The sharper edge to traveling in Asia

Easy to die in Thailand if you’re not a VIP… man denied an ambulance is proof

Written By: herbrunbridge - Jan• 14•13

In Bangkok, all of a sudden you have a stroke and an ambulance is called. You’re a photographer there to cover a news story. Everyone in the medical profession knows that it’s critical to get you to the hospital within an hour, before you begin to lose brain function that will soon be unrecoverable. You’re awake, so you know exactly what’s happening. You’re loaded in the ambulance, but it doesn’t go anywhere. It just sits there, not moving. Your splitting headache is killing you. Literally. Minute by minute. You say “Doc, I’m losing it. Help me.” But no one helps, and you lie there, your brain slowly hemorrhaging to death. Finally, after 30 minutes, your ambulance finally leaves for the hospital, your EMT crew relieved that another ambulance arrived to take its place. After all, an ambulance always has to be available at the Thai Parliament in case a politician needs an ambulance. But you’re only a photographer, and your life isn’t worth as much. Based on the law, you’ll wait until another ambulance arrives. In the meantime, if an MP (Minister of Parliament) needs and ambulance while the backup ambulance is on the way, you could be put out on the sidewalk. But the replacement ambulance wouldn’t take you either, as it would be there solely for the MPs.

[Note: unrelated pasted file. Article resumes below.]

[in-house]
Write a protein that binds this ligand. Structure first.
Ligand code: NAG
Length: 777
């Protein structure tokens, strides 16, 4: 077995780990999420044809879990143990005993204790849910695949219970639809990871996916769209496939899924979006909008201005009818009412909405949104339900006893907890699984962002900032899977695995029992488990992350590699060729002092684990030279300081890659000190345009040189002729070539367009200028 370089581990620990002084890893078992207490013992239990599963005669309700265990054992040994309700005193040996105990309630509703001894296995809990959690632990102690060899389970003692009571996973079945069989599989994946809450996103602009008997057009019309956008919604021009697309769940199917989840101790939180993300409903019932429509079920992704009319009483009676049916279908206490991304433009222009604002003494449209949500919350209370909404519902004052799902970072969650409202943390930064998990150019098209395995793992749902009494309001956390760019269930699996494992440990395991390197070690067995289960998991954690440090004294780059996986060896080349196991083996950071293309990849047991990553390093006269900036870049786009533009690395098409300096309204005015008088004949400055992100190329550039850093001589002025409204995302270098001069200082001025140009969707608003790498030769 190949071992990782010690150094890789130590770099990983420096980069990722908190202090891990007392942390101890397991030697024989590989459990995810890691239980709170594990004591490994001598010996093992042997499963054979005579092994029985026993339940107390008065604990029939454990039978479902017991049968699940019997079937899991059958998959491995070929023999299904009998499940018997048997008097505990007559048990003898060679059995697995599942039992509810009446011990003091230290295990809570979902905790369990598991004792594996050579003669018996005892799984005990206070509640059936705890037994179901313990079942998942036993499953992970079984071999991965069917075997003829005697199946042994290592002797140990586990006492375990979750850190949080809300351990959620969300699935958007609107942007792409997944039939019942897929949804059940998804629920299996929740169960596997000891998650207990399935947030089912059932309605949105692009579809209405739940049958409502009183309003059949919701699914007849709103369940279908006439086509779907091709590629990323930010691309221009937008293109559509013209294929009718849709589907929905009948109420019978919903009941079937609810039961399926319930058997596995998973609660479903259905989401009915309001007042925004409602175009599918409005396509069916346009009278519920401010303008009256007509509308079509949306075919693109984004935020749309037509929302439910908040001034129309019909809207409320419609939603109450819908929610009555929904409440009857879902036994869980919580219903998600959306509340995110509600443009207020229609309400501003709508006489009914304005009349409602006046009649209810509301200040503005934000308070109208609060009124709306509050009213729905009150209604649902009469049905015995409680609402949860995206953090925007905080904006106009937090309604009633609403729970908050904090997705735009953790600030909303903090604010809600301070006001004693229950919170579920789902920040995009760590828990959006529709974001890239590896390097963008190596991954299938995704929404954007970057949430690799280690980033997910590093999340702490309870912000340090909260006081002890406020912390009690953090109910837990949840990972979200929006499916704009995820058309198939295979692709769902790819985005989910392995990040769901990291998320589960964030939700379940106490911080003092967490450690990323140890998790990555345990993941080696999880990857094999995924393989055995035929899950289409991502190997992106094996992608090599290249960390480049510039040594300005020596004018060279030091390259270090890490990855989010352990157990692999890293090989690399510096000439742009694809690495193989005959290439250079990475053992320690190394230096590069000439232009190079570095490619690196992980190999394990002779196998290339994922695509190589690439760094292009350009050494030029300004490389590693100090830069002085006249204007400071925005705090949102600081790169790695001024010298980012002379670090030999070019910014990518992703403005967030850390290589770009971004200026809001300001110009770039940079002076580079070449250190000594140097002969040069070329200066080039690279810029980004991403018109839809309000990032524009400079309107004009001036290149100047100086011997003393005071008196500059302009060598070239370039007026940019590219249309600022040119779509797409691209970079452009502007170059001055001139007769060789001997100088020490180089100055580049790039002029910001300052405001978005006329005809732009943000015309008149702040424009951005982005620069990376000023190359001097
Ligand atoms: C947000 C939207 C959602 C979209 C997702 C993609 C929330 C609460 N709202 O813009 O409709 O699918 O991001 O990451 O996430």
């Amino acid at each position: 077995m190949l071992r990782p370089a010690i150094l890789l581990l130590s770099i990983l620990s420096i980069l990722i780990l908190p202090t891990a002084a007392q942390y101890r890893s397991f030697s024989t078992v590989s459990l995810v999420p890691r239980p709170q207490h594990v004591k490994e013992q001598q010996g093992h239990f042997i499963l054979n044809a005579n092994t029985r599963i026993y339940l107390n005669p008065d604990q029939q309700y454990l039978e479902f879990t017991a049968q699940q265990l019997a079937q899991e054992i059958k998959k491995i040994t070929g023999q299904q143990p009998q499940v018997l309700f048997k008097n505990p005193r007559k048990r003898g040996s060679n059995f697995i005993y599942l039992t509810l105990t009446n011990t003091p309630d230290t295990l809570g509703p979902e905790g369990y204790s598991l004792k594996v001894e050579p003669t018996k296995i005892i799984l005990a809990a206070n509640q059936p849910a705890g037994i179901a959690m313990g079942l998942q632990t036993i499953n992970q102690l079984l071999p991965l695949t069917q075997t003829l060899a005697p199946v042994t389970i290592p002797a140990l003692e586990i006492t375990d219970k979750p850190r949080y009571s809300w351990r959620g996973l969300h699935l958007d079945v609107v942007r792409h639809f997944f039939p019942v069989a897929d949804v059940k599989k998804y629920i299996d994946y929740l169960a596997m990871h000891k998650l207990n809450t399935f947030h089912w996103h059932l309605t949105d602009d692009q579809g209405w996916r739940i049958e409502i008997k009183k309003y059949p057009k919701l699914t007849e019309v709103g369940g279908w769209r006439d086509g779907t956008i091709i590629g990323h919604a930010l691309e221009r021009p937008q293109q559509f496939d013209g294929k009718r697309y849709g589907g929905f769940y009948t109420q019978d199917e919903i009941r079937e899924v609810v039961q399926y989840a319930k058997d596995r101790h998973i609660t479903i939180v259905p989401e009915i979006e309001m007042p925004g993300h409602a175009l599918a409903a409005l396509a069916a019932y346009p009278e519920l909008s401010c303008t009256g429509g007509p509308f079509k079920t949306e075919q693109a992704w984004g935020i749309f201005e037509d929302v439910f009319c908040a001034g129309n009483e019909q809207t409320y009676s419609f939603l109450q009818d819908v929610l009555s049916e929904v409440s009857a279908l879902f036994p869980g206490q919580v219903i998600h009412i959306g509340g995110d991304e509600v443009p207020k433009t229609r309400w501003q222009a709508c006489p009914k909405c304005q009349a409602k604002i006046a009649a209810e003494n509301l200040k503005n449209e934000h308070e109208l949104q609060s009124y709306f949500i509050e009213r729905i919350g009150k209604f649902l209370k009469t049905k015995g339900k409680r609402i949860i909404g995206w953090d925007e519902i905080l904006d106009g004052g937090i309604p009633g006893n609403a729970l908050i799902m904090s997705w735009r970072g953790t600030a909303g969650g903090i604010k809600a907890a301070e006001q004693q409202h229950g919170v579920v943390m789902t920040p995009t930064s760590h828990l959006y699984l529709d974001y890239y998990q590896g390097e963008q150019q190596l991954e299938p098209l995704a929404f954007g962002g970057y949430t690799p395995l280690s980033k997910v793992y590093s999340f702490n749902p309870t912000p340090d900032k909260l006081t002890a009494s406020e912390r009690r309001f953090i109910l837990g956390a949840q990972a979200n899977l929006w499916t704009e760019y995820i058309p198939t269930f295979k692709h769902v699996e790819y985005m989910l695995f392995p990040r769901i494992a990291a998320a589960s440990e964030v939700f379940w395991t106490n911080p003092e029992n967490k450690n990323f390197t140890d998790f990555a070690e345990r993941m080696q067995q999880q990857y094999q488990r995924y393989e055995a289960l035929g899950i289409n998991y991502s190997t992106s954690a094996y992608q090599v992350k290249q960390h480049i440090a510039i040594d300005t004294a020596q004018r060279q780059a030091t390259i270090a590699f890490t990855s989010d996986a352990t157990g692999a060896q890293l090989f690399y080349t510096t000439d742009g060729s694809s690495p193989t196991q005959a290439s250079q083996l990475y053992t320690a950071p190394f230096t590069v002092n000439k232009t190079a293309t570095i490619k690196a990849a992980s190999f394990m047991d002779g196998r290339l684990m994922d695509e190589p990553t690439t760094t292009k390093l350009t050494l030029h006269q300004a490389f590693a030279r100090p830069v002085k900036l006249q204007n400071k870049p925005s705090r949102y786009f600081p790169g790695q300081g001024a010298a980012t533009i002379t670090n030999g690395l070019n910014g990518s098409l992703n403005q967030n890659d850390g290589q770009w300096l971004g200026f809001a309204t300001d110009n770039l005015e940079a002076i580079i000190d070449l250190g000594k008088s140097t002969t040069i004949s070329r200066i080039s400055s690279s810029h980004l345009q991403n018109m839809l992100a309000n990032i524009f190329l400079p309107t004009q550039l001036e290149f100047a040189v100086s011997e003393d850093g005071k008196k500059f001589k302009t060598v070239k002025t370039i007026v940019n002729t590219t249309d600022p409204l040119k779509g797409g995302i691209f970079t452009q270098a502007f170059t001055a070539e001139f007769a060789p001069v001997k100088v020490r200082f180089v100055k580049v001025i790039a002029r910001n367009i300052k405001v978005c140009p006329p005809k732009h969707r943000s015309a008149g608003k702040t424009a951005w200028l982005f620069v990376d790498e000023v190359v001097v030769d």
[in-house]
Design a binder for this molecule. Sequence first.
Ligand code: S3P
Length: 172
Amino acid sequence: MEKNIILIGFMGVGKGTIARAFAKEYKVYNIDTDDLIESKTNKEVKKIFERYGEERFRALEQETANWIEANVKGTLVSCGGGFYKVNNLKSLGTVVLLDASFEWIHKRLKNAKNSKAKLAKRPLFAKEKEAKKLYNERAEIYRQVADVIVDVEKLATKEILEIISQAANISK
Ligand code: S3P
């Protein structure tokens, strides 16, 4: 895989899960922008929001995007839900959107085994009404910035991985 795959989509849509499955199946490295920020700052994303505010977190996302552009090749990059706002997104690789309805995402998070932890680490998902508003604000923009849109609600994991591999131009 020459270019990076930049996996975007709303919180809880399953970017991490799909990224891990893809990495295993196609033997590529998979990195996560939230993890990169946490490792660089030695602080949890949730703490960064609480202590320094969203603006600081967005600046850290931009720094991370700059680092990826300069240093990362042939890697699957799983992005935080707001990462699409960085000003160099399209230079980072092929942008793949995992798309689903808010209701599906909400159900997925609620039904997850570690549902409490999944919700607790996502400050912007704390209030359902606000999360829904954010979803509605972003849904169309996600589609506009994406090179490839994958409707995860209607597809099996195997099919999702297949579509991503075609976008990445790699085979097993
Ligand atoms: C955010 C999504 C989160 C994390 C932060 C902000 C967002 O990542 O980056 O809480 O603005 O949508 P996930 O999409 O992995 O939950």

This isn’t fiction. It happened this week at the Thai parliament, where photographer Sakol Sandhiratne of The Nation newspaper suffered a stroke on January 10, and was delayed critical treatment for thirty minutes, while his ambulance waited for a replacement ambulance to arrive. The law states that Ministers of Parliament must have an ambulance available to them at all times. The story has captivated a nation, propelled by newspapers angered particularly because the victim was a member of the press. Sandhiratne is expected to live, but his brain function has yet to be determined. It could very well be that he’ll never be the same again. 

VIP treatment for the privileged is part of Thai life. Traffic coming to a halt on Sukhumvit to allow a fleet of cars carrying VIPS is relatively commonplace. But valuing the life of an MP over a photographer, considering that medical assistance was at hand but not given, has shocked the country. The Nation’s op-ed page had it right, in its headline of January 13, 2013: “The case of a news photographer being denied medical help at Parliament is a deeply disturbing indictment of an uncaring society.” In Thailand, Parliament makes the laws. The fact that it has made one elevating the lives of MPs over those of the common people doesn’t set an example for ethical fairness or — with the exception of royalty — the democratic tenet that opines that all are created equal. 

And what of the Hippocratic Oath supposedly taken by the medical professionals that denied help to an individual that was, essentially, dying?  It’s easy to die in Thailand. Fall off a building, get hit by a bus, or cover an event at Parliament. Today, several days after the event, Sandhiratne remains in critical condition, has not regained consciousness, and has been diagnosed as having a severe brain injury.

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